The best advice I've been given is to surround yourself with the right people. My band are really lovely, genuine guys. My managers have always been very honest with me and put me in my place, just like my mum would. My mum scares the hell out of me all the time! She's definitely my harshest critic and I think that's the best way. I'm not one to be mollycoddled.

What does she think about everything that's happening to you now?

Oh, she's so proud. She's a creative herself, so she says, "I'd be stuffed if you were a maths champion or something, I couldn't come and watch that!". She's a huge supporter and she wants to be involved in every day, which is a nightmare, but it's encouraging to have a mum like that.

image copyrightGetty Images
image captionEyre spent much of last year on tour with "the boys" Rudimental (centre four), seen here with fellow vocalist John Newman (far right)

What kind of music did she used to play for you?

Growing up, I remember the first album I ever bought was Basement Jaxx, Kish Kash, because I kept stealing my mum's and she hid it from me. They're my favourite band. The amount of tunes you forget that they've written. I saw them in Brixton recently, my mum bought me tickets. [Collaborating with them] would be a dream come true.

Lots of people's parents have an embarrassing video of them performing as a kid, did you sing a lot for your family?

I didn't, actually, because as a kid I grew up as a swimmer, I was a competitive swimmer. But there is a video of me when I was one or two singing Ring a Ring o' Roses and I start eating the daisies.

A lot of people will know you from your collaborations. Have they prepared you for what's ahead?

It's definitely prepared me. I've had to see the Rudimental boys go through it, I've been sitting in the back seat almost. But all of us up-and-coming artists, we're all in the same boat. Ultimately it comes down to the music and whether people like you, and all I can do is hope they do.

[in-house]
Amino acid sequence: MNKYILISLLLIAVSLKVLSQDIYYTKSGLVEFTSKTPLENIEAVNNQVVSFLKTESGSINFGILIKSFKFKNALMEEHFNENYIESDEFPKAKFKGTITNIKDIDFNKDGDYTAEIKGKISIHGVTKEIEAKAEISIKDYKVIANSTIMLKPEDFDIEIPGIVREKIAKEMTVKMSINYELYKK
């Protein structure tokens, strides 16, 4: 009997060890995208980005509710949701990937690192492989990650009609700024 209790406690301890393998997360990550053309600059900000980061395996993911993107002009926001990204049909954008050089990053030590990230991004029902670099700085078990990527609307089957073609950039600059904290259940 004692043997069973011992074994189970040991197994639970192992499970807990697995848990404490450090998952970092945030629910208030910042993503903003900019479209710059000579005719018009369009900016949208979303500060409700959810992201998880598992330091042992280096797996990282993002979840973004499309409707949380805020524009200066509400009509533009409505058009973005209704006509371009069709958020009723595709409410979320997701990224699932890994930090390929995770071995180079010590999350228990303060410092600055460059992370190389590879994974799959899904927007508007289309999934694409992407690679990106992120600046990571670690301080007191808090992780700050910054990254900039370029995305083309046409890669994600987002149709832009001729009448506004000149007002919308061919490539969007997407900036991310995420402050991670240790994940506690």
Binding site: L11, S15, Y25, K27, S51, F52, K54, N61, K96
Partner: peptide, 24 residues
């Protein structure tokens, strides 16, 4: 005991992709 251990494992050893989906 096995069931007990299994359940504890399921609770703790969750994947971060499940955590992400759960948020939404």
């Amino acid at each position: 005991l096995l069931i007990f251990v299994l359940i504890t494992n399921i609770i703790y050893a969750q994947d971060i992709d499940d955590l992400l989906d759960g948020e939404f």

image captionEyre loves "the energy" of performing live and joined collaborator Naughty Boy on stage at BBC Radio 1xtra Live

A few of the artists that have worked with Rudimental seem to be launching their own careers. It's been a great platform hasn't it?

I think that's the beauty of it. They've always said that they wanted a family vibe. They like to say that me and John [Newman] have flown the nest now. And it's really lovely to see someone like John doing so well and I just hope it happens for all of us, really. There are a lot of talented people that the Rudimental boys work with. They know how to choose them!

Have they given you any advice then?

Advice from Rudimental? Drink less!

No, one thing I've learned from them is be nice to everyone, because they are four lovely, lovely guys. They can be moody, we're all human beings, and they're like my brothers in the best and worst ways. But they are lovely, lovely people.

You've already had a number one with them of course. Does that mean the pressure's off?

No way! Having a number one, as exciting as it was - and it's amazing - it's not necessarily my number one. That's Rudimental's success. And I'm so grateful and fortunate to be a part of that, and I've got my little statue at home and I love it. But for me, ultimately, I came into this game as a solo artist and I intend to try and have a number one on my own.